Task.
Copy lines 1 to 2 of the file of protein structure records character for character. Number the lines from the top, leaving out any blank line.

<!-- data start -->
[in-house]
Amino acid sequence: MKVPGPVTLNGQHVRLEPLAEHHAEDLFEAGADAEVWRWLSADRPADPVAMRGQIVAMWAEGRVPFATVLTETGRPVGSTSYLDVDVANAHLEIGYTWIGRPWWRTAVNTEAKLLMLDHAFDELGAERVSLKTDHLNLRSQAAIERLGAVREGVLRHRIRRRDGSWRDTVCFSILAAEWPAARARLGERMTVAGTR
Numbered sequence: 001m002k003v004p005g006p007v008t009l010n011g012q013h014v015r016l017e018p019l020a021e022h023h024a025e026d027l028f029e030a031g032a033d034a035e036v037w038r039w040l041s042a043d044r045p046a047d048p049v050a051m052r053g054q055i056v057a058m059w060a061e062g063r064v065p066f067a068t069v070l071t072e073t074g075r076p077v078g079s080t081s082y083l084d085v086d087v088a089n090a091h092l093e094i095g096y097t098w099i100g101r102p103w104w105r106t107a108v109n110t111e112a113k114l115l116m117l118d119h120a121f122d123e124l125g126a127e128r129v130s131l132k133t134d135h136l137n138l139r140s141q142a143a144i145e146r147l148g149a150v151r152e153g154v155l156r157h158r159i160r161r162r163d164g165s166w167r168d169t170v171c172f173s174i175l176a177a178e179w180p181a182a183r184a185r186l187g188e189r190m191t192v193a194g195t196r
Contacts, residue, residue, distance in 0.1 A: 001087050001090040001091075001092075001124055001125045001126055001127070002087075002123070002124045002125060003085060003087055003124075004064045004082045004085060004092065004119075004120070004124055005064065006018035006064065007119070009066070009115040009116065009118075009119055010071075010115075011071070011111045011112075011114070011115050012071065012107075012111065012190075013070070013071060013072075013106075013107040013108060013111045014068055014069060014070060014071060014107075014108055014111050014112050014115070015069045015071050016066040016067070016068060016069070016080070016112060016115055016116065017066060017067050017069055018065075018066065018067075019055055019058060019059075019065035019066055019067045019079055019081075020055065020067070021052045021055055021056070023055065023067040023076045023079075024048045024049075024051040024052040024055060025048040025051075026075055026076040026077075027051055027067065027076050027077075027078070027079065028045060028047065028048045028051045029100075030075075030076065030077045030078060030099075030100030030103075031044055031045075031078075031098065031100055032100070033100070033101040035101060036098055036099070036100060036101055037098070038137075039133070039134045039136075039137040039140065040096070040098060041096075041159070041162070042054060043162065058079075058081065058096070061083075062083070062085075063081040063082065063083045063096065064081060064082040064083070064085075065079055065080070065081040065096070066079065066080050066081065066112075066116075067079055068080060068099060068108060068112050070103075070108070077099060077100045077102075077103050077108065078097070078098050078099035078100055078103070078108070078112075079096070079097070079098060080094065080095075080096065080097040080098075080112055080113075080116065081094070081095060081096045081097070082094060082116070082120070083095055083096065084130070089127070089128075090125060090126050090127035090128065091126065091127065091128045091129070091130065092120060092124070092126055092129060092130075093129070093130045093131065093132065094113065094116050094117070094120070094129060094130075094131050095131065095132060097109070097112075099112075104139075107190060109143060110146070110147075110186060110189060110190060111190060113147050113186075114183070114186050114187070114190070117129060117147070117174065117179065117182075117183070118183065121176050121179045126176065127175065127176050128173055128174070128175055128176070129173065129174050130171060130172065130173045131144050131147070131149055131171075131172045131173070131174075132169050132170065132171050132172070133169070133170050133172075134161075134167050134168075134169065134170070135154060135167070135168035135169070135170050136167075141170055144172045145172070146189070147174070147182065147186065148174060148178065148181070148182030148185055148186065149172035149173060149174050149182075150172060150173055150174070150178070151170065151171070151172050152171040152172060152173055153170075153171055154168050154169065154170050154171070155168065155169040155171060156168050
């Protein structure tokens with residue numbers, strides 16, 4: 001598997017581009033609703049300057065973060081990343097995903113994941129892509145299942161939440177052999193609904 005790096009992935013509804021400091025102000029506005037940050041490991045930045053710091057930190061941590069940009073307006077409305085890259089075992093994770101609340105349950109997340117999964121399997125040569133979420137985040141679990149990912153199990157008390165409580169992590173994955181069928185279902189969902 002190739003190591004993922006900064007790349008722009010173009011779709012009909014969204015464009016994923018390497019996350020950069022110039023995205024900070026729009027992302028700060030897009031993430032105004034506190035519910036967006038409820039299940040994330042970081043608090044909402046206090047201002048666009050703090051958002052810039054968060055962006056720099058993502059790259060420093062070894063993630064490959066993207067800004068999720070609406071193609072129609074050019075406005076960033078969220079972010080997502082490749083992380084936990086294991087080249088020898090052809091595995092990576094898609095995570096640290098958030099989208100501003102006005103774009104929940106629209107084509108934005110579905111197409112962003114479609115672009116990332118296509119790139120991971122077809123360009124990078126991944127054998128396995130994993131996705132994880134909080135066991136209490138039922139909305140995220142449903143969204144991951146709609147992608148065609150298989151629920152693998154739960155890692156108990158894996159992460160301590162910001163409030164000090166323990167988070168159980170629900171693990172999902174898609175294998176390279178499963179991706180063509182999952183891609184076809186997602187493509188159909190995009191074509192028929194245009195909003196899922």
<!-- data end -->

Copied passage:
[in-house]
Amino acid sequence: MKVPGPVTLNGQHVRLEPLAEHHAEDLFEAGADAEVWRWLSADRPADPVAMRGQIVAMWAEGRVPFATVLTETGRPVGSTSYLDVDVANAHLEIGYTWIGRPWWRTAVNTEAKLLMLDHAFDELGAERVSLKTDHLNLRSQAAIERLGAVREGVLRHRIRRRDGSWRDTVCFSILAAEWPAARARLGERMTVAGTR